Later, researchers found that having a securely attached relationship between spouses also yields the some of the same positive benefits.

Existentialism is concerned with finding a life path that intuitively ‘feels’ meaningful and fulfilling. The goal of an existential intervention to help a person in leading a life which is most congruent with their purpose.

Generally speaking, existentialism works very well in conjunction with attachment theory = When I am able to help partners to form a secure bond they are often more able (more regulated, more supported, more emotionally balanced, more confident etc) to engage in behaviors which help them to leading a more fulfilling life.

Then I arrived at a realization … my purpose in life is to be happy.

If ones purpose in life is to be happy then it is very hard to debate the necessity of a secure relationship in achieving fulfillment… secure attachment is the foundation for emotional regulation and it is very hard to ‘feel’ happy when you feel emotionally insecure. This would also translate into many behaviors aimed at nurturing our biological system – If you want to feel happy (feelings are the result of our biology) you must take care your biology.

In my own life journey the single most important and effective variable that impacts my ability to be congruent with my purpose is my secure bond with my partner of almost 20 years (in 2017). But this reality may have blinded me a bit to the reality that not everyone’s highest purpose is happiness.

What about those instances in which secure bonding is actually incongruent with the person’s purpose… I’m not suggesting that a secure attachment is ineffectual with these people – I am saying it is incongruent with their goals pertaining to purpose.

What if you wanted to live a life of Zen, or to be the absolute best – the master of a discipline, or the most notable person in your field, or engaged in behaviors which facilitated growth through discomfort etc.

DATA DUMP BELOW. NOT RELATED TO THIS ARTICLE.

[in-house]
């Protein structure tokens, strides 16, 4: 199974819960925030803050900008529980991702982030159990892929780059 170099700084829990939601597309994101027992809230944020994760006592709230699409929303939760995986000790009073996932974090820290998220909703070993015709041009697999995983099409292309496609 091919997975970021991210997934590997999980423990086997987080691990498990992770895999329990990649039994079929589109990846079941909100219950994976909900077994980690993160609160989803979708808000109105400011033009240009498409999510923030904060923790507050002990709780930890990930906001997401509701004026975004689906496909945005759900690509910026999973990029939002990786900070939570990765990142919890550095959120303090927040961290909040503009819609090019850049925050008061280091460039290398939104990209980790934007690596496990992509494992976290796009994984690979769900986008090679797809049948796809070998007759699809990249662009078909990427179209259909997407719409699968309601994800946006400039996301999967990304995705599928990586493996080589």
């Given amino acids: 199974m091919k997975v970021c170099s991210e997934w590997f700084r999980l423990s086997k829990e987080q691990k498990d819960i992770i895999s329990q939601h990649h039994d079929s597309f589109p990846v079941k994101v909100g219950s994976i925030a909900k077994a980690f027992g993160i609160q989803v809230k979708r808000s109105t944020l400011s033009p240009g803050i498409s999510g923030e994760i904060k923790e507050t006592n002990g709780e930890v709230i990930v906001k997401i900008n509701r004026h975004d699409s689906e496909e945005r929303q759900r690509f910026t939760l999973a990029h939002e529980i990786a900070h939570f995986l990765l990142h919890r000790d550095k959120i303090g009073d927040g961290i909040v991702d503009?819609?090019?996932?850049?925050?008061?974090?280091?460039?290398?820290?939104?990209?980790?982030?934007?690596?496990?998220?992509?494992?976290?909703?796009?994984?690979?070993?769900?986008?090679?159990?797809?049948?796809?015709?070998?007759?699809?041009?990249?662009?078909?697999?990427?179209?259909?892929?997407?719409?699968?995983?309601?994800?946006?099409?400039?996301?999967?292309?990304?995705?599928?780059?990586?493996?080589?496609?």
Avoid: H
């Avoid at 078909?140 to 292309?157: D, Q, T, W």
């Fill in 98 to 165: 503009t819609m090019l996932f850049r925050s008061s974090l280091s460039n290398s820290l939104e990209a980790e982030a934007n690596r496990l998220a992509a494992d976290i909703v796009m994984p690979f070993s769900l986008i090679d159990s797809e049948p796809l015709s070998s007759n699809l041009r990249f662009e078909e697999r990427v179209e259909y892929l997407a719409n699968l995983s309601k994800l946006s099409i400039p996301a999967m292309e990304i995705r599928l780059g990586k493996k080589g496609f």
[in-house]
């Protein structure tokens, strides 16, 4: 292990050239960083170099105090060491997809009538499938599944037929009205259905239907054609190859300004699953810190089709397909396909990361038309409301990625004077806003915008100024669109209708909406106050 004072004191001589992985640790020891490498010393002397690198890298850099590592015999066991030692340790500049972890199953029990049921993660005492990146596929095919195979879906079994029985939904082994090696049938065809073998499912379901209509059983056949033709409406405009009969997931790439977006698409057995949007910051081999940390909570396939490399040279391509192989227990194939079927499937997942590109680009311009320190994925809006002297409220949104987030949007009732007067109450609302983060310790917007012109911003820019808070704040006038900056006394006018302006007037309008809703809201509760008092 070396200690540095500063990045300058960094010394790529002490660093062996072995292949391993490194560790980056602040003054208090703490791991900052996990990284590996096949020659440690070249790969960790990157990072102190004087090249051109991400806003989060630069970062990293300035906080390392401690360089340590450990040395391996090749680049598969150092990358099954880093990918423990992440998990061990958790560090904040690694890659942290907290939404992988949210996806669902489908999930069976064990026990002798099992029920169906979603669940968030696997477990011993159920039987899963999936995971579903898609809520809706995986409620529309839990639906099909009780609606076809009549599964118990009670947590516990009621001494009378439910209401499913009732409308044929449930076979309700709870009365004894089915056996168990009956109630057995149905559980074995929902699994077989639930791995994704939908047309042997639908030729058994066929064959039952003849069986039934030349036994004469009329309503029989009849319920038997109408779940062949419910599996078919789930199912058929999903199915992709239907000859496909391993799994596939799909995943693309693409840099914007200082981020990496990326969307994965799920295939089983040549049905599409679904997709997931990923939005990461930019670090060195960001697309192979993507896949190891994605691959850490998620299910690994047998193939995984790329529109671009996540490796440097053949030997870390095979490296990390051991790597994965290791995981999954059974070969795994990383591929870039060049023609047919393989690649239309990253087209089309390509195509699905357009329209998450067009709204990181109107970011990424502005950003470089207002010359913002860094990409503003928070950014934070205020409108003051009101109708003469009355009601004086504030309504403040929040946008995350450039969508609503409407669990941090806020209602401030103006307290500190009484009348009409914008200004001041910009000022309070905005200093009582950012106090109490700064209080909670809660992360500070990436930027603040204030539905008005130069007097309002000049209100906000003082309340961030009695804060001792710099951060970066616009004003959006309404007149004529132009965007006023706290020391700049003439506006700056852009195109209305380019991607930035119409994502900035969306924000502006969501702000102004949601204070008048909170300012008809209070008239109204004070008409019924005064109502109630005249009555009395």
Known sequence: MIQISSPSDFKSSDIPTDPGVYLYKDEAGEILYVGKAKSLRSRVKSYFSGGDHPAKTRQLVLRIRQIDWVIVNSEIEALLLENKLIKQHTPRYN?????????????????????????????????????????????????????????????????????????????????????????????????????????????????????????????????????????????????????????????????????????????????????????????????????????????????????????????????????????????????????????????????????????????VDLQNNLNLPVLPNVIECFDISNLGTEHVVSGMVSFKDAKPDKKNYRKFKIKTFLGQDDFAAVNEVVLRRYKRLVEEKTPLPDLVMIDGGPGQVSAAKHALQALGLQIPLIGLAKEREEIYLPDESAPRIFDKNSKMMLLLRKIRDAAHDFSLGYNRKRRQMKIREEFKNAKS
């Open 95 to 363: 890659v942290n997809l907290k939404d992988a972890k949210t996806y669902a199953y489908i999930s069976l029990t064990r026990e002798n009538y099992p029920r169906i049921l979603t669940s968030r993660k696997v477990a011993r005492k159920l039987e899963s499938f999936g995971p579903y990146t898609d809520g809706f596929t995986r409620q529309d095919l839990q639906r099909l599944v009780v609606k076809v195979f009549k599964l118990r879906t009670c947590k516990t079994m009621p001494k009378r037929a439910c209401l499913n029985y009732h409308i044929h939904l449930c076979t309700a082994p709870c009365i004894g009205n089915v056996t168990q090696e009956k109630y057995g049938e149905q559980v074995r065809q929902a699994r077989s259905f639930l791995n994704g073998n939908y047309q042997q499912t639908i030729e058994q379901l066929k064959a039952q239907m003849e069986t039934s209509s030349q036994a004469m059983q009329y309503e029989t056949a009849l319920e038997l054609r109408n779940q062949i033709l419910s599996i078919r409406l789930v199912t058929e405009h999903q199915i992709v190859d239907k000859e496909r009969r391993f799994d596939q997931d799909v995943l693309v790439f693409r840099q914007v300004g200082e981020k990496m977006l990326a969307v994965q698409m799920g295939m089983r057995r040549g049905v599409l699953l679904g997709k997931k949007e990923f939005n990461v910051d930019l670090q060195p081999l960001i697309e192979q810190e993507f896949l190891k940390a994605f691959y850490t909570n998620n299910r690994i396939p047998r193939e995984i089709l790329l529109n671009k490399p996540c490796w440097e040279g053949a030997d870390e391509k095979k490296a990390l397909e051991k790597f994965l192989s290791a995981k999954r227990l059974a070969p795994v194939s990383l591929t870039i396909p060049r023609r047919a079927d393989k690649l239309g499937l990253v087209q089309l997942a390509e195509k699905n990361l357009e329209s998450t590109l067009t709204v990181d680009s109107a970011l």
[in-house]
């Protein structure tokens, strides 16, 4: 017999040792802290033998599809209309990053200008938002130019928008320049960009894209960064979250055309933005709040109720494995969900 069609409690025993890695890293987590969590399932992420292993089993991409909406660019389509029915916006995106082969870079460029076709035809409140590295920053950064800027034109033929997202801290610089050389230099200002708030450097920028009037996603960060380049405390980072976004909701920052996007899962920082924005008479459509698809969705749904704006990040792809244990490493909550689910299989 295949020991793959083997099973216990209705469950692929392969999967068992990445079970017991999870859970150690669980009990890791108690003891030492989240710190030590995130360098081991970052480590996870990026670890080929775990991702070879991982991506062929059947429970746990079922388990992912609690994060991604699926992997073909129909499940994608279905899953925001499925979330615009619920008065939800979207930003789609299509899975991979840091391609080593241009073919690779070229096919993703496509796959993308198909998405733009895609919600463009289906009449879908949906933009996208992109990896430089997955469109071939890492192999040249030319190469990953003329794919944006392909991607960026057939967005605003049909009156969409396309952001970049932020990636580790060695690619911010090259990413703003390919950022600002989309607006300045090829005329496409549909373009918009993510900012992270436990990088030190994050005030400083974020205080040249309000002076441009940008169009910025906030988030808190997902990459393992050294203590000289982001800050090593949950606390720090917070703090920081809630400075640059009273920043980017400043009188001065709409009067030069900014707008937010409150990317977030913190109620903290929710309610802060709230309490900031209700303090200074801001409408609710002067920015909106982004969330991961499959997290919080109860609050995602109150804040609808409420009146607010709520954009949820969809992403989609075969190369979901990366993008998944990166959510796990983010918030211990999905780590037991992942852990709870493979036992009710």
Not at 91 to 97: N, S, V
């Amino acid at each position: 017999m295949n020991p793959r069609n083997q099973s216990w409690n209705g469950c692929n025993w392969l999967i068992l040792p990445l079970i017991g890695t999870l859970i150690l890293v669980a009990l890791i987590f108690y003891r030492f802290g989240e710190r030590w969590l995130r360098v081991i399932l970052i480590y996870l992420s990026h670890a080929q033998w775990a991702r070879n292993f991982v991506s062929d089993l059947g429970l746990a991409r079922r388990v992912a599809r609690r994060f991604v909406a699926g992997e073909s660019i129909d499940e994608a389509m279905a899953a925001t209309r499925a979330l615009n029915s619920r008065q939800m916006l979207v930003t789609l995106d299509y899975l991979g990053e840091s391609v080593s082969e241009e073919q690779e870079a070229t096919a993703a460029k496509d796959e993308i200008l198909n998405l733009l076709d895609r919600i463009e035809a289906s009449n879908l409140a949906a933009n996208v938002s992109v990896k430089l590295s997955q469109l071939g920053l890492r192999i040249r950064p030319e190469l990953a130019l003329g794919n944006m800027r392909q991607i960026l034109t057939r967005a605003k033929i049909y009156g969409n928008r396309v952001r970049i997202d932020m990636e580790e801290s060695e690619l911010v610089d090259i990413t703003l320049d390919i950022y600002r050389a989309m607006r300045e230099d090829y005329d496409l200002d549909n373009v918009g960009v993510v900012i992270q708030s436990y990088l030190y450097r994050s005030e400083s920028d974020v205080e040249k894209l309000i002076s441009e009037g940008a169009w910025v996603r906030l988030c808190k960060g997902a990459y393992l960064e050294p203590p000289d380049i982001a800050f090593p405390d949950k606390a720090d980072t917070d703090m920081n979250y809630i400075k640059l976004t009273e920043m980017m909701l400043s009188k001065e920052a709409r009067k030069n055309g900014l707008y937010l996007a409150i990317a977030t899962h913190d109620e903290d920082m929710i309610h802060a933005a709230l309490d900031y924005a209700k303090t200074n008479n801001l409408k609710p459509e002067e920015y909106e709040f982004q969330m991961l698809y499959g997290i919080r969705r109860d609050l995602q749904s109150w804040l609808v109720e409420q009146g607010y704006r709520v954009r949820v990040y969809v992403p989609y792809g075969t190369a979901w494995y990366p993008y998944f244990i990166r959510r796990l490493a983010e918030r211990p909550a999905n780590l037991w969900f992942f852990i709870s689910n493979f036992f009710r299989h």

I have often sought to understand people who live lives a lifestyle which necessitates life choices which will likely inhibit them from maintaining secure attachments.

Some examples would be: Living alone in a cave in an effort to reach transcendence, practicing your discipline every waking minute to be the best at your craft, sacrificing everything that would impeded one from being the most powerful leader, or being in an alternative lifestyle such as having ever changing sexual partners.

Attachment theory is validated… and it is a biological reality. But we are more than just our biology – we are also something metaphysical or spiritual, and there are times when our spiritual aspiration are in conflict with our biological truths.

One of my Favorite shows is “chefs table” on Netflix… and there is a theme to many of the depicted lifestyles… they chose their craft over their relationships (and arguably over their own biological health). And the proof is in the pudding – they are the best of the best. (I am basing this on the assumption that mastery or excellence is a more important purpose to some of the chefs than the pursuit of happiness)

and now we arrive at the conflict between the two above theories from a psychotherapeutic perspective…

From a purely existential lens the goal would be to sacrifice all for the pursuit of mastery if mastery is the the highest purpose. This would arguably lead to complete existential congruence at the expense of happiness.

from an Attachment standpoint the goal would be to achieve whatever level of mastery was possible within the boundaries of a nurturing and secure bond with another human. This would arguably lead to greater happiness at the expense of complete existential congruence.

I have clients who may choose Existentialism over attachment when there is conflict (there usually isn’t by the way)… and it is my job not to project my purpose onto my clients.

This is further complicated by the reality that trauma and a lack of self-awareness can impact someones relationship with purpose and attachment… so we must be very perceptive and flexible in isolating the desires of the core self.






William Hambleton Bishop is a practicing therapist in Steamboat Springs Colorado.

Choice is Oppression


Wow that is a provocative way to start! of course Choice is also liberation and a billion of other things, but in the post I want to shine some light on how individualism has created a blind infatuation with choice – and how ‘choice’ is actually the very source of our oppression.